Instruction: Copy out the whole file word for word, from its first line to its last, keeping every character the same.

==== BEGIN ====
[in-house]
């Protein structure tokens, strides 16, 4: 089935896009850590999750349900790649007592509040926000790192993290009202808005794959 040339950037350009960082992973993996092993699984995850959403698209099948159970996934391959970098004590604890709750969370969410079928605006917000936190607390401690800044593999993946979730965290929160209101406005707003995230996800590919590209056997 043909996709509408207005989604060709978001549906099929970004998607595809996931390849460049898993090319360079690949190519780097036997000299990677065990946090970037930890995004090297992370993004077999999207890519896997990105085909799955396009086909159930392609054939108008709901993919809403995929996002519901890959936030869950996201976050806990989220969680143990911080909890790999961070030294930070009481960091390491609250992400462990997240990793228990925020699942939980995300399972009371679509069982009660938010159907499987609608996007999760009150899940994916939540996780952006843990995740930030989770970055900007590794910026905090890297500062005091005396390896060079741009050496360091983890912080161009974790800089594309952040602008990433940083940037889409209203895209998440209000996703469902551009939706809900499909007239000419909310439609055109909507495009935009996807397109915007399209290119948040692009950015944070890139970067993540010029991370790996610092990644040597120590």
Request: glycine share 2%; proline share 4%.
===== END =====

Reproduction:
[in-house]
């Protein structure tokens, strides 16, 4: 089935896009850590999750349900790649007592509040926000790192993290009202808005794959 040339950037350009960082992973993996092993699984995850959403698209099948159970996934391959970098004590604890709750969370969410079928605006917000936190607390401690800044593999993946979730965290929160209101406005707003995230996800590919590209056997 043909996709509408207005989604060709978001549906099929970004998607595809996931390849460049898993090319360079690949190519780097036997000299990677065990946090970037930890995004090297992370993004077999999207890519896997990105085909799955396009086909159930392609054939108008709901993919809403995929996002519901890959936030869950996201976050806990989220969680143990911080909890790999961070030294930070009481960091390491609250992400462990997240990793228990925020699942939980995300399972009371679509069982009660938010159907499987609608996007999760009150899940994916939540996780952006843990995740930030989770970055900007590794910026905090890297500062005091005396390896060079741009050496360091983890912080161009974790800089594309952040602008990433940083940037889409209203895209998440209000996703469902551009939706809900499909007239000419909310439609055109909507495009935009996807397109915007399209290119948040692009950015944070890139970067993540010029991370790996610092990644040597120590």
Request: glycine share 2%; proline share 4%.